Wandering the streets with grandiose ambitions to write an opus on Philosophical Consciousness, the indigent narrator impetuously pawns his waistcoat to assist a beggar. He follows a strange woman whom he privately calls “Ylayali.” He moves out of his boarding house and ends up sleeping in the woods. Though he sabotages his own attempt to get a job in a grocery, the first section concludes triumphantly, with payment of 10 kroner for a newspaper article.

Part 2 reverts to a mood of desperation and to the narrator’s introverted fantasies. Registering as a vagrant with the police, he spends a bizarre night in jail. After his release, he is disappointed in his appeals to a clergyman and to friends. The section concludes with an acquaintance pawning a watch for him.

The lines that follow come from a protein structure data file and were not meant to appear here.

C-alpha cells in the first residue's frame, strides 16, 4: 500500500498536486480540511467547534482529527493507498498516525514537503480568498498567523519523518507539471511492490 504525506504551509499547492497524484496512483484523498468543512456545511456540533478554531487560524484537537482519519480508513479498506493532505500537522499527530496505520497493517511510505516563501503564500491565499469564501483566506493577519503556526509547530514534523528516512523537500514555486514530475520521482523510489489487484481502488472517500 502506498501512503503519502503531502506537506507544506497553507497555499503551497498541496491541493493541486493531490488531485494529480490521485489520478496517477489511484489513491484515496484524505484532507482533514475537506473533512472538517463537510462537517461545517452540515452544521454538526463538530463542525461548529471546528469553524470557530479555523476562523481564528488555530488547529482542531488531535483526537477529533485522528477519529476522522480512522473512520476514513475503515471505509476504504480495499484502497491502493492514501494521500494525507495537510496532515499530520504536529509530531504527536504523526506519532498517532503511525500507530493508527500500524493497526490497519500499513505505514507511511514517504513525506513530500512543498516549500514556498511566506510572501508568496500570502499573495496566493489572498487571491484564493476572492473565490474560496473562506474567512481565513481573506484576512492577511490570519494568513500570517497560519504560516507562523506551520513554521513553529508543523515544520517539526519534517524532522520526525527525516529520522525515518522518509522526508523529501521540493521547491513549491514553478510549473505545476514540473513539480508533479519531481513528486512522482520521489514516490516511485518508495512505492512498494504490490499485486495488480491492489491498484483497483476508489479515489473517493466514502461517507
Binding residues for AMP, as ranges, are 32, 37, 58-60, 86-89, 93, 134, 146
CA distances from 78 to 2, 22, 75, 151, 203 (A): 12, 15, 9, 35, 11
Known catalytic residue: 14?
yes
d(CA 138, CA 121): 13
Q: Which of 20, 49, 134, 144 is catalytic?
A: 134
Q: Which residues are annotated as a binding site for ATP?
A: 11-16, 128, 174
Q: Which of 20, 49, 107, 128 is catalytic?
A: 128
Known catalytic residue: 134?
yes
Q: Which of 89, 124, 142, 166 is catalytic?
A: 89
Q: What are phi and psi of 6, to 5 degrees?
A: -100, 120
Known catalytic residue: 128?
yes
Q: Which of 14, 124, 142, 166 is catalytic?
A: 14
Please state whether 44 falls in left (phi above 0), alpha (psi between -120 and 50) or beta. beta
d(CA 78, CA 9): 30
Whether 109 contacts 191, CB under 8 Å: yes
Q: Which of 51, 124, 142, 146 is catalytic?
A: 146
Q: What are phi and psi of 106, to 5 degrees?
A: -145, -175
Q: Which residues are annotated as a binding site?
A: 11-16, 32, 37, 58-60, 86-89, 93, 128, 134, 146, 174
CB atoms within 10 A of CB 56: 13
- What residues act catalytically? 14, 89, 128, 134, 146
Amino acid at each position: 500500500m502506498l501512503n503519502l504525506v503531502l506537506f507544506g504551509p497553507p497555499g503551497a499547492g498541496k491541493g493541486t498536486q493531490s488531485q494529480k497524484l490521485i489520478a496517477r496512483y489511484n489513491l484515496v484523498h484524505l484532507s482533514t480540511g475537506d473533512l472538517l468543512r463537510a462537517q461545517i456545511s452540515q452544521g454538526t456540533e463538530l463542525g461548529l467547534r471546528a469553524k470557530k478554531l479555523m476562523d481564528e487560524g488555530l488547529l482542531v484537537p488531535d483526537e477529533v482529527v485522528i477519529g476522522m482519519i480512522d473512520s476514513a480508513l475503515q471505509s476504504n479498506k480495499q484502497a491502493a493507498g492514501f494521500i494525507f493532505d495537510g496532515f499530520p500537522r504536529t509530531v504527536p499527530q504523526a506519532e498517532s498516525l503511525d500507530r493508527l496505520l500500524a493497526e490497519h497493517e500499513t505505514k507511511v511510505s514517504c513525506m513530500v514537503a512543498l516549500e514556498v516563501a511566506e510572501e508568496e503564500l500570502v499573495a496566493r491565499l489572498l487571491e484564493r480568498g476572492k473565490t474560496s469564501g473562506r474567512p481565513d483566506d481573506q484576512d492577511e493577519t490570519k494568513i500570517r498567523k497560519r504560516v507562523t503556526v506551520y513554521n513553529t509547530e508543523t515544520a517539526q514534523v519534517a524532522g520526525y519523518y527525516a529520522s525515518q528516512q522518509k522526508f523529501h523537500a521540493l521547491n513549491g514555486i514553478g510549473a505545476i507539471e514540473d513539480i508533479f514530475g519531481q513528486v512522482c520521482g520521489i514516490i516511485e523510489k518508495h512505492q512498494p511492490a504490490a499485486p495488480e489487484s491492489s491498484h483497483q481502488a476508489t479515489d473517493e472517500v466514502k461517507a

When the narrator tries to beg a candle, the clerk mistakenly thinks he has already paid for it and even gives him change. Later, he proudly returns the money. “Ylayali” pursues him, but he spurns her affection.

While trying to write a blasphemous play, the narrator observes cruelty within the ostensibly respectable family that runs his latest boardinghouse. After being evicted, he takes a job on a ship and prepares to depart for England. It is not clear whether the ending is auspicious or ominous, liberation or flight.

The novel’s ambiguity is compounded by filtering everything through the febrile consciousness of a manic-depressive whose...

(The entire section is 518 words.)